Speech – Maintaining a business-friendly environment in Hong Kong (Andrew Leung)

President, Hong Kong is the most popular city in the world and ever since the inception of Hong Kong as a port, it has relied on its open economic policy to attract overseas capital and talents. In the past two or three decades, Hong Kong has become the door for European and American businesses to enter the Mainland, but with the further opening up of the Mainland and the rapid development of our neighbouring cities, the original strengths of Hong Kong are being weakened.

Last month, when the Business and Professionals Alliance for Hong Kong paid a visit to the Chairman of the National People’s Congress Standing Committee, ZHANG Dejiang, who is in charge of Hong Kong affairs, the latter called on us to seize the next three years, which is a critical period, to make greater efforts and do a good job on the economy, so as to improve the living of the people. Hong Kong must further examine all business-related frameworks and legislation and seize the opportunity of extending the “pilot and early implementation” scheme from Guangdong to the nine provinces in the Pan-Pearl River Delta Region to do its utmost to attract more enterprises and capital outside Hong Kong to make use of Hong Kong as a platform. The Government cannot just talk about vision but refuses to implement policies that can hit the ground and run.

In the past few years, we have told officials a number of times in the Chamber that Hong Kong has to make good use of its unique advantage of being able to leverage on the Mainland and practising the “one country, two systems” principle, together with its well-developed legal system and long-established position as an international commercial and financial centre, to build a platform that would facilitate Mainland enterprises in going global and foreign capital in entering China. In recent years, Hong Kong has become an important platform for financing for Mainland capital. In the future, we have to make greater efforts to seize the opportunities arising from the take-off of the Mainland economy, promote Hong Kong as a base for carrying out work relating to R&D, patents and production using high technology, so as to enable the scope of production of Hong Kong’s manufacturing industry to radiate to more places. Similarly, since the Mainland has been actively conducting research on new technology in recent years, the testing and certification industry in Hong Kong can also assist it in carrying out testing and certification, so as to help the relevant products leave the Mainland and enter the international market.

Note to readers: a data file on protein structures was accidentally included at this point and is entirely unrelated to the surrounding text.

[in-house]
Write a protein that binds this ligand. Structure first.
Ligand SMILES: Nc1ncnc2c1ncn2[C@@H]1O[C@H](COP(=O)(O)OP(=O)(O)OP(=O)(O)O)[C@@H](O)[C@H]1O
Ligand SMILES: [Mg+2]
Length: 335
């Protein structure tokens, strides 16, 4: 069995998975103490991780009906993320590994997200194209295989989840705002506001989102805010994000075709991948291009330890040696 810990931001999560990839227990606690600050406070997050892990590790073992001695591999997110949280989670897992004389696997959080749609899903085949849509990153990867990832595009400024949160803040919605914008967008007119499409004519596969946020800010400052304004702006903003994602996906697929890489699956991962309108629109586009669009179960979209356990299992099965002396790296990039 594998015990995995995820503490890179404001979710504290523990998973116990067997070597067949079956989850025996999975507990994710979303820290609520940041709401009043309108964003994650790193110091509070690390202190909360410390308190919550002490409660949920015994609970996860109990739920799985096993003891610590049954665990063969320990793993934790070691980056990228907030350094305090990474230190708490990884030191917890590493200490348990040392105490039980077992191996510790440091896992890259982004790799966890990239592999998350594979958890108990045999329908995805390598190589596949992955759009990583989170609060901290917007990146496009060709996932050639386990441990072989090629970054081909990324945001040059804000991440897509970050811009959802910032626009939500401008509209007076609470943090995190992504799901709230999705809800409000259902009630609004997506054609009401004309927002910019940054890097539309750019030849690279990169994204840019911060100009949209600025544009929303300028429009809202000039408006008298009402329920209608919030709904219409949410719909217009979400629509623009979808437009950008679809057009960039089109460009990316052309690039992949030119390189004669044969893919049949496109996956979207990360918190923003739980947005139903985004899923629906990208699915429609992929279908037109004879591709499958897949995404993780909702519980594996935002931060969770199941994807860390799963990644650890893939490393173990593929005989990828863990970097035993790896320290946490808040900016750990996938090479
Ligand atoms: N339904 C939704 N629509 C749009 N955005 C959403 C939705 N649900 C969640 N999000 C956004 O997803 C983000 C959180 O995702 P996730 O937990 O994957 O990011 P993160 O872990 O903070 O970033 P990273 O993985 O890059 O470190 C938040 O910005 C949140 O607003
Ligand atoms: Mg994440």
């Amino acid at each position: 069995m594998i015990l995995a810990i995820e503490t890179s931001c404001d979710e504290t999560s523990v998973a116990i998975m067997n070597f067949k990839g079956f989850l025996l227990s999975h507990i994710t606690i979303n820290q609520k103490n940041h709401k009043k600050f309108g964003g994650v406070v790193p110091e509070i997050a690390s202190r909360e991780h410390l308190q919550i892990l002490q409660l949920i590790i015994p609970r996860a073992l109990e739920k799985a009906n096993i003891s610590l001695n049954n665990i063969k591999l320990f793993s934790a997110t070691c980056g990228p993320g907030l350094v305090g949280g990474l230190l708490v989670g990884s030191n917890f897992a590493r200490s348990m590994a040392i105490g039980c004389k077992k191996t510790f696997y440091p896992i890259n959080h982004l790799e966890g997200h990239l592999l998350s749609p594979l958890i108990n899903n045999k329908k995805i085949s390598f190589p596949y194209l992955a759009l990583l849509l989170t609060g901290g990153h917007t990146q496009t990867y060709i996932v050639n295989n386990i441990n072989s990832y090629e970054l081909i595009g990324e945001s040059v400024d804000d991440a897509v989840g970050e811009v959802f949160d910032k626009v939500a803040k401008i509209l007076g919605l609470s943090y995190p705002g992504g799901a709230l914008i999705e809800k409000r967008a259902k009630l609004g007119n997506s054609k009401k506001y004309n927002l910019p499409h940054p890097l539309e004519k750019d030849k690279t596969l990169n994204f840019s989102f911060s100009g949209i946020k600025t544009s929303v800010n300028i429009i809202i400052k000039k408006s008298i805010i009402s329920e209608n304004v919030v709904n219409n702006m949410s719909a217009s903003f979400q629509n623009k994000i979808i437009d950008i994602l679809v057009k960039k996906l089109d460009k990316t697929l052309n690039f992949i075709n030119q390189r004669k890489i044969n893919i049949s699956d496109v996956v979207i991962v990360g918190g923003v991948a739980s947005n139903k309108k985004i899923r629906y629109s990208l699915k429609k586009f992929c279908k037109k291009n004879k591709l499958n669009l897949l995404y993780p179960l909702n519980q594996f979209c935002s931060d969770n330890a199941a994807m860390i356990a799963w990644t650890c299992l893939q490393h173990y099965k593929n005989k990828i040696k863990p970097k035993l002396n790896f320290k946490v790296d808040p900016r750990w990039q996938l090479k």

President, I have many friends in the industrial sector who began to actively develop the economic and trade relationships between Hong Kong and ASEAN countries many years ago. In recent years, ASEAN countries have seen strong economic growth and the large number of young people in their populations also provides a large source of manpower and great spending power. The further consolidation of the China-ASEAN Free Trade Area has catapulted the ASEAN to become the third biggest trading partner of China, but some difficulties and challenges in the relationship between China and the ASEAN remain.

Historically, there are close relationships between Hong Kong and the Southeast Asian region and many overseas Chinese have settled in Hong Kong, making use of Hong Kong as a trading intermediary, thus making Hong Kong one of the major choices in fund raising and trading for residents and companies in Southeast Asia. Hong Kong’s economic framework, in particular, its strengths in such production services as finance, law and accountancy have made the Hong Kong economy highly complementary to that of ASEAN countries. I believe that ASEAN countries are also happy to use Hong Kong as a platform for corporate financing, trading and making external investments.